Friday, April 30, 2010

great book

I'm really enjoying this book, A Course in Chess Tactics. It's similar to a lot of other tactics books: chapters on all the usual topics: pin, deflection, perpetual check, etc., (plus some unusual ones: f7: weak by presumption, attacking the fianchetto, the vunerable rook's pawn) but I'm a sucker for books with pretty positions:

white to move, from Knight Fork

white to move, from Clearance


knight fork puzzle

1.Qf5+ Kxf5 2.Ne7+ Rxe7 3.Ne3+ Kf6 4.Nxd5+ Kf5 5.Nxe7+ Kf6 6.Nxg8+ Kf5

7.Ne7+ Kf6 8.Nd5+ Kf5 9.g4#


1.Rxh7+ Kxh7 2.Qh5+ Kg7 3.Qh6+ Kxh6 4.f5+ Rg5 [4...Kg7 5.f6+ Kf8 6.Bh6+ Rg7 7.fxg7+ Ke8 8.Nf6+ Ke7 9.Rd7#; 4...Kh7 5.Rh4+ Kg7 6.Bh6+] 5.Rh4+ Kg7 6.f6+ Kf8 7.Rh8+ Rg8 8.Bh6+ Ke8 9.Rxg8+ Kd7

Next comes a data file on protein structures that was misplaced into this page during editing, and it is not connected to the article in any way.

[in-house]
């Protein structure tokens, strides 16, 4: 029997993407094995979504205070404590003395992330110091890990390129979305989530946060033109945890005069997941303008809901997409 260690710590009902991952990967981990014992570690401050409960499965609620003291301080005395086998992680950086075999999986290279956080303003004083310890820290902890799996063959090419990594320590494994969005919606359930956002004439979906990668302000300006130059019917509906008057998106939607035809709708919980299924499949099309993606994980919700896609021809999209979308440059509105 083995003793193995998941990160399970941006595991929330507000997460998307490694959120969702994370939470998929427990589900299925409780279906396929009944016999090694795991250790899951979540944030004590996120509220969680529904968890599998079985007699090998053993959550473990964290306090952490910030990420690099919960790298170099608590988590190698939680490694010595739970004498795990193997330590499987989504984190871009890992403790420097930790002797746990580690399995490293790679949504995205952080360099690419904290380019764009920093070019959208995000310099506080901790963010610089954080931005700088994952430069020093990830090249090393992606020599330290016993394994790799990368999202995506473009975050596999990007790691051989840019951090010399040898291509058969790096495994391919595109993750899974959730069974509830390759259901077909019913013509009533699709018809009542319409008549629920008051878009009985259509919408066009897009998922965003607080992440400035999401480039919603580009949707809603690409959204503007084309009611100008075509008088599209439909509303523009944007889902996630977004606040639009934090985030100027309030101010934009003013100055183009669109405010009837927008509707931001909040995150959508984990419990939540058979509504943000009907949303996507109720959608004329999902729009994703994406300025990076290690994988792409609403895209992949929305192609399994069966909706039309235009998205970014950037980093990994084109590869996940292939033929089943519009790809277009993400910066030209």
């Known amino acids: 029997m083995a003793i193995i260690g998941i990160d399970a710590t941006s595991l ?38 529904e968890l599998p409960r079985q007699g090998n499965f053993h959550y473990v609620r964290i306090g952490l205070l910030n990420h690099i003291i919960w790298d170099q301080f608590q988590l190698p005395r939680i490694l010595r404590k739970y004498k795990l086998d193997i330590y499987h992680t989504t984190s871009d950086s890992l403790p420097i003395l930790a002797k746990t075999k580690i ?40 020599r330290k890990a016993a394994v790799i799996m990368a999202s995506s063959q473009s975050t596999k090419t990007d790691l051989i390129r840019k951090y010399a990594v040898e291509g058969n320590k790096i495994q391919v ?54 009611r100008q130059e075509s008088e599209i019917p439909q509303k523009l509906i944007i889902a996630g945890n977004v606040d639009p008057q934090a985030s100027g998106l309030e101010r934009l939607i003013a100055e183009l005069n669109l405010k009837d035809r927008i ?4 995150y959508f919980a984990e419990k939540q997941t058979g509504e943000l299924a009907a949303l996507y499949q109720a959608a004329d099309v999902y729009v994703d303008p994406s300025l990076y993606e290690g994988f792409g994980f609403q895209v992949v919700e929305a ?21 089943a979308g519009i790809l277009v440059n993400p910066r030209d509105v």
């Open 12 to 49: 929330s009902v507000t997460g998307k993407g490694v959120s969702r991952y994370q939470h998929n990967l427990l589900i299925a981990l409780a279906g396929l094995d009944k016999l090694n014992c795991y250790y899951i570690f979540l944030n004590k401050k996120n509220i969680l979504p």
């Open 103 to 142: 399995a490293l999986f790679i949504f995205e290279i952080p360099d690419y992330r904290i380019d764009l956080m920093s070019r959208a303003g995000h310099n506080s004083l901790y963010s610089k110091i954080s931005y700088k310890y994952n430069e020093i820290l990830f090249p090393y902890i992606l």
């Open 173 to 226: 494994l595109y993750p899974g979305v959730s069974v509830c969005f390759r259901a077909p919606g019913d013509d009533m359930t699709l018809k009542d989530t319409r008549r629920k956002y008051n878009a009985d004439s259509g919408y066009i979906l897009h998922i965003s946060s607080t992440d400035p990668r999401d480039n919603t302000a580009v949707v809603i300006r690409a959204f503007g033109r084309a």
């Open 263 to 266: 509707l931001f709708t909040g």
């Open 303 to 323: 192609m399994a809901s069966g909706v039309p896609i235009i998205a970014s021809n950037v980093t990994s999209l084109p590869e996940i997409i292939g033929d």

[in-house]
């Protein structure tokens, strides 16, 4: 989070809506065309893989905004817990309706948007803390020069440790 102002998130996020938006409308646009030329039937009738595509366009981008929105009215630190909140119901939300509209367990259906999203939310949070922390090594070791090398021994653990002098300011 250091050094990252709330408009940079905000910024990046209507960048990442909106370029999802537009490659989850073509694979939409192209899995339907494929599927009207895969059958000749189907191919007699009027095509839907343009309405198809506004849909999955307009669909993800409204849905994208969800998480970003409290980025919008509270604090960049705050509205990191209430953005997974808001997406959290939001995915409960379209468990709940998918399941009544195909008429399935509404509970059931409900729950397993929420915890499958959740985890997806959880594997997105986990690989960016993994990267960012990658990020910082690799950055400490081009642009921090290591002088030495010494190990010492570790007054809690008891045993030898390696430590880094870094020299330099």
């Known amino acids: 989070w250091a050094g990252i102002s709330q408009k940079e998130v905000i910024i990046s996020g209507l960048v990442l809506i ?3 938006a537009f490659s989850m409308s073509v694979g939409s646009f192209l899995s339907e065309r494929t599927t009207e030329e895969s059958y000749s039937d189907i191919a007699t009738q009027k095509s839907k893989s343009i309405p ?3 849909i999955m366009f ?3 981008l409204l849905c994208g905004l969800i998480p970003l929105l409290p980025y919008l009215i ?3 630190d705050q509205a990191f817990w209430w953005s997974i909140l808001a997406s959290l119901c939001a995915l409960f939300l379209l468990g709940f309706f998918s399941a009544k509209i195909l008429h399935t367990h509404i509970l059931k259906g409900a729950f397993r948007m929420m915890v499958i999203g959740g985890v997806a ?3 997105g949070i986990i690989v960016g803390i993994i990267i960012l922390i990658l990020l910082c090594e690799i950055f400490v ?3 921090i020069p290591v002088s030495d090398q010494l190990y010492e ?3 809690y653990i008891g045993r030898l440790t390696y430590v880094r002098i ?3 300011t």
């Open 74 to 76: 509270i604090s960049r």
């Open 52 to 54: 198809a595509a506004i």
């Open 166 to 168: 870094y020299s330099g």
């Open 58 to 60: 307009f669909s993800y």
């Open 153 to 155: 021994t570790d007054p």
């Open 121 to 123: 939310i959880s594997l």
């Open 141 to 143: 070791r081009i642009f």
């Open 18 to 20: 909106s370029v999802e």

10.Nb6+ Kc7 11.Rc8+ Kxb6 12.Be3+ c5

13.Bxc5+ Ka6 14.Ra8#

Happy Friday!!!


oddodddodo said...

These problems are completely sick!

Do you think that these make good teaching tools? On the one hand, the positions are so obviously composed and not realistic. On the other hand, they certainly expand your brain and make you think about things you wouldn't ordinarily consider.

Elizabeth Vicary said...

my kids appreciate them aesthetically. ("miss, those mad tight")

Unknown said...

Check out this *great* tactics book, "Understanding Chess Tactics" by Weteschnik.